A 2WD Hybrid-Electric Motorcycle for the US Military?

In the coming years, US special forces may be riding a tw0-wheel drive, hybrid-electric, multi-fuel motorcycle co-developed by BRD Motorcycles and Logos Technologies. Helping make this project possible is a Small Business Innovation Research grant from DARPA. The goal is to make a single-track vehicle for US expeditionary and special forces that will be nearly silent in operation, yet also capable of traveling long distances. Details on the proposed machine are light, of course, but it sounds like the 2WD dirt bike will be based off the BRD RedShift MX (shown above), and use an electric drivetrain, as well as a multi-fuel internal combustion engine to achieve its goals.

Colin Edwards Will Retire from Racing after 2014 Season

Announcing his decision during the pre-event press conference for the Red Bull Grand Prix of the Americas, Colin Edwards told the assembled press that 2014 would be the Texan’s last season racing a motorcycle. Citing a lack of improvement on his performance in pre-season testing and at the Qatar GP, Edwards decision perhaps answers the lingering question in the paddock of when the American rider would hang-up his spurs after an illustrious career in AMA, WSBK and MotoGP. Talking about his inability to come to terms with the Forward Yamaha, which Aleix Espargaro was able to take to the front of the pack in Qatar, Edwards was at a loss when it came to understanding the Open Class machine and his lack of results.

MSF Updates Its Basic RiderCourse Curriculum

It is no surprise that statistics from the NHTSA show that motorcycle accidents and injuries are on the rise. According to the 2012 Motor Vehicle Crash report published by the NHTSA, motorcycle fatalities for that year rose to 4,957, up seven percent from 2011, while injuries increased 15% to 93,000. While the NHTSA statistics are misleading because the motorcycle category includes mopeds, scooters, three-wheelers, pocket bikes, mini bikes, and off-road vehicles, new riders need every advantage they can afford. The Motorcycle Safety Foundation has taken notice of these statistics and has revised the curriculum for its Basic RiderCourse to include a new Basic eCourse, which students will take prior to in-person instruction.

Yamaha Trademarks “R1S” & “R1M” at USPTO – “YZF-R1M” Trademarked Abroad – But Why?

Are new Yamaha YZF-R1 models coming down the pipe? That’s the question being asked after trademark filings in the US and abroad tipped off Yamaha Motor’s intention to use “R1S”, “R1M”, and “YZF-R1M” for motorcycle, scooter, and three-wheeled purposes. The filings are being taken as hints towards a possible multiple trim levels of the Yamaha YZF-R1 superbike, with the “S” and “M” designations being different spec machines than the current base model. The “S” nomenclature is a popular one in the two and four-wheeled world, though “M” would certainly be a novel designation, outside of say…BMW.

Bell & COTA Create Texas-Themed Limited-Edition Helmet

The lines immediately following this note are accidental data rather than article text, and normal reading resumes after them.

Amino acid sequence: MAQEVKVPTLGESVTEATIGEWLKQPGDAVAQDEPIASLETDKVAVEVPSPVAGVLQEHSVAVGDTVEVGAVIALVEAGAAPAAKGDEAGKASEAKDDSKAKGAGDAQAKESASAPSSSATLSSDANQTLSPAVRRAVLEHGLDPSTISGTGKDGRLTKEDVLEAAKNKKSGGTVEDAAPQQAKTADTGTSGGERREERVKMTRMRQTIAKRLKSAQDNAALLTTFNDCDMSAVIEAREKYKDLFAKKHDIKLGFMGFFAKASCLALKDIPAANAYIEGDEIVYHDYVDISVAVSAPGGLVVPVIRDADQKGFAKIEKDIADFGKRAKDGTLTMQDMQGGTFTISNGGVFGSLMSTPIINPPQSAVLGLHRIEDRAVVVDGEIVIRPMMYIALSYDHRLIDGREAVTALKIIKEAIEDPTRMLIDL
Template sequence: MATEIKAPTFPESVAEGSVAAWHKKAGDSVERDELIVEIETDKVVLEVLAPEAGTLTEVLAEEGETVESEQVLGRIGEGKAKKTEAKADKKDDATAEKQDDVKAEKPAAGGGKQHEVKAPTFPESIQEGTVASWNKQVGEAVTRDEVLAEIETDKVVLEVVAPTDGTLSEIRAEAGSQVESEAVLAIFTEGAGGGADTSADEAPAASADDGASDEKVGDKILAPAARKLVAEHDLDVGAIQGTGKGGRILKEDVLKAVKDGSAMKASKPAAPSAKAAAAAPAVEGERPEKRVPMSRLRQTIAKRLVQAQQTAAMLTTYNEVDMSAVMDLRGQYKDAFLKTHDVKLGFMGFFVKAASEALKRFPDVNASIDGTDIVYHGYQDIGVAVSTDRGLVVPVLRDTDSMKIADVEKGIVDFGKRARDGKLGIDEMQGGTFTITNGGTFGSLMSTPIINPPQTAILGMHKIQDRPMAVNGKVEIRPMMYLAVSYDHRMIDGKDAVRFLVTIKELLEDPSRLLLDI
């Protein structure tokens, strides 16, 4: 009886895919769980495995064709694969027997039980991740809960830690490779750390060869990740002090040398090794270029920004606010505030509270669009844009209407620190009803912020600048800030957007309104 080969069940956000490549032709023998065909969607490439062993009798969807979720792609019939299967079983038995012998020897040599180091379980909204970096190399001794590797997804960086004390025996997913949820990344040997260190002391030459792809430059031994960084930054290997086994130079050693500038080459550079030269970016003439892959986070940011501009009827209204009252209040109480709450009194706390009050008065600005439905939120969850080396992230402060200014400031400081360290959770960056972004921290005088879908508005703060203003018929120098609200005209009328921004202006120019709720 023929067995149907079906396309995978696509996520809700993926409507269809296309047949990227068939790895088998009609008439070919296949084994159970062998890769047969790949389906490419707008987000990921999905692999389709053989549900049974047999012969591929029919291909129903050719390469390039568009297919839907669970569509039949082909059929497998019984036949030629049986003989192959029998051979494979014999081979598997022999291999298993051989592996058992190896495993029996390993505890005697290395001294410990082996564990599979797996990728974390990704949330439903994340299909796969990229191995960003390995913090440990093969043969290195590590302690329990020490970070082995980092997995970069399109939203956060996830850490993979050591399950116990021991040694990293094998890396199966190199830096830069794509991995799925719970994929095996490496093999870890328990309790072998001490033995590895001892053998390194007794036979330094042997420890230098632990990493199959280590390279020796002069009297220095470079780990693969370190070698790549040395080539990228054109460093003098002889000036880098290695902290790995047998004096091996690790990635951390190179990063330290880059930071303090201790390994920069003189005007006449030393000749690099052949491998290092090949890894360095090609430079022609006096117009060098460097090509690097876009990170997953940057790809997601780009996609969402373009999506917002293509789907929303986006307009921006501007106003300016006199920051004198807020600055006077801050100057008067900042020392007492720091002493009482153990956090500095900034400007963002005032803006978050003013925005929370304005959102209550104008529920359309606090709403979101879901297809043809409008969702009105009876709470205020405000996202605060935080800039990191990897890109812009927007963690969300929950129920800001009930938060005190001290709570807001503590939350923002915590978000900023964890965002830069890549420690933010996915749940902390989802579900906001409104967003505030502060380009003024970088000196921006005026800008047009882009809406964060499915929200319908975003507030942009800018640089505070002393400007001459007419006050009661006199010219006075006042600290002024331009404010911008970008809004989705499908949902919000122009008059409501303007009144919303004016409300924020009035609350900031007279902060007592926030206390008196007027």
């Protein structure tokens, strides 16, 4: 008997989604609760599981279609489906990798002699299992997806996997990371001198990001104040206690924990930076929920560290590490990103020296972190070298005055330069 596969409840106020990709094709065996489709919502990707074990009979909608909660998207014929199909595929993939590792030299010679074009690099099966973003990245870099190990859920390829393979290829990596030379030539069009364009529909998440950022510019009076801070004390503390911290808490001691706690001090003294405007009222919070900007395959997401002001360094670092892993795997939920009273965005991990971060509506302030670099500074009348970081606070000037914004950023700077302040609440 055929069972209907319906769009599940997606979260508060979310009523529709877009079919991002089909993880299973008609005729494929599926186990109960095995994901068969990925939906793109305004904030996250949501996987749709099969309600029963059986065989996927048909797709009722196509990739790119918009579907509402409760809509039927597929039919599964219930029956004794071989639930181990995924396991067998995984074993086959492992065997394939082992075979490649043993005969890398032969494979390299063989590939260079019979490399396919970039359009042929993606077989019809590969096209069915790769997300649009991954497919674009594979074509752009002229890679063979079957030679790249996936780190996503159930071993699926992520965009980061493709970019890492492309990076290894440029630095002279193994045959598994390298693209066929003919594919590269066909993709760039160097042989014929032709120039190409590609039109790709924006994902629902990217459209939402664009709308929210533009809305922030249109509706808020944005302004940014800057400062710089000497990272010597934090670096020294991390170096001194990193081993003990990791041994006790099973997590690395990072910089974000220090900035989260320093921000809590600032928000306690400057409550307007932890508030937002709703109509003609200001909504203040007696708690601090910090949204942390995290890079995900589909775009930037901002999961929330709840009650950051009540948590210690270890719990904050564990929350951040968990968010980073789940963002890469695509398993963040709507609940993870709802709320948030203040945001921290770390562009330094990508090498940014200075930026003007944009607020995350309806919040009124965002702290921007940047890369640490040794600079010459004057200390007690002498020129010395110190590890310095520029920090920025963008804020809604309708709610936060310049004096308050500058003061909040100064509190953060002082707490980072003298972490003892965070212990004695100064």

Continuing its theme of making limited-edition helmets for premier-class US rounds, Bell Helmets has teamed up with the Circuit of the Americas and Chris Wood, of Airtrix, to create a Texas-themed Bell Star Carbon helmet, just in time for COTA’s MotoGP race next weekend. Available only until April 13th, the Bell/COTA helmet features a red, white, and blue flag motif on the front, with both the American and State of Texas flags visible, which then wrap around the rear to merge with a hardwood design, reminiscent of the floorboards in a Western saloon. The helmet is also crowned with a Longhorn cattle skull, which adds to the Texan motif. The specially designed helmet also features a horseshoe, the COTA logo, and the 2014 Red Bull MotoGP of The Americas logo.

Aprilia Mounting a Return to MotoGP in 2016

Towards the end of the 800cc era, MotoGP looked to be in dire condition. Grids were dwindling, factories were reducing their participation, and teams were in difficult financial straits indeed. By the end of 2011, there were just 17 full time entries, Suzuki was down to a single rider, and were about to pull out entirely for 2012. How different the situation looks today. In a recent interview with the official MotoGP.com website, Aprilia Corse’s new boss Romano Albesiano gave a brief outline of their plans. The Italian factory will continue to work with the IODA Racing team for 2014 to collect data on the electronics and tires, which they will use as input on an entirely new project being worked on for 2016.

This Is Pretty Much What the Monster 800 Will Look Like

With the advent of the Ducati Monster 1200, it was only a matter of time before Ducati’s middleweight liquid-cooled “Monster 800″ would be spotted, and unsurprisingly the machines have a great deal in common. The one big difference seems to be that the 821cc Monster gets a double-sided swingarm, which has become Ducati’s new way of differentiating between its big and medium displacement models of the same machine, see entry for Ducati 899 Panigale. With the spied Ducati Monster 800 looking ready for primetime, and a pre-fall launch isn’t out of the question. Giving us an excellent glimpse into what the Ducati Monster 800 would look like, Luca Bar has again used his Photoshop skills to render up images of the still unreleased “baby” Monster.

Photos of the Mugen Shinden Ni sans Fairings

Given the competitive nature of the electric racing realm, its rare to see the big high-power bikes without their fairings, as teams are reluctant to reveal their secret sauce. Debuting the Mugen Shinden San this past weekend in Tokyo though, Team Mugen did just that, giving us a glimpse into the inner workings of the team’s 2013 race bike, the Mugen Shinden Ni. You don’t have to be an electron-head to get excited by these photos, as any race bike with a carbon fiber frame and swingarm is pretty drool-worthy, though the Shinden Ni’s carbon fiber battery enclosure does hide a great deal of the electric superbike’s geek factor. While the sheer size of the battery bike is impressive, it was expected when the Shinden was first announced.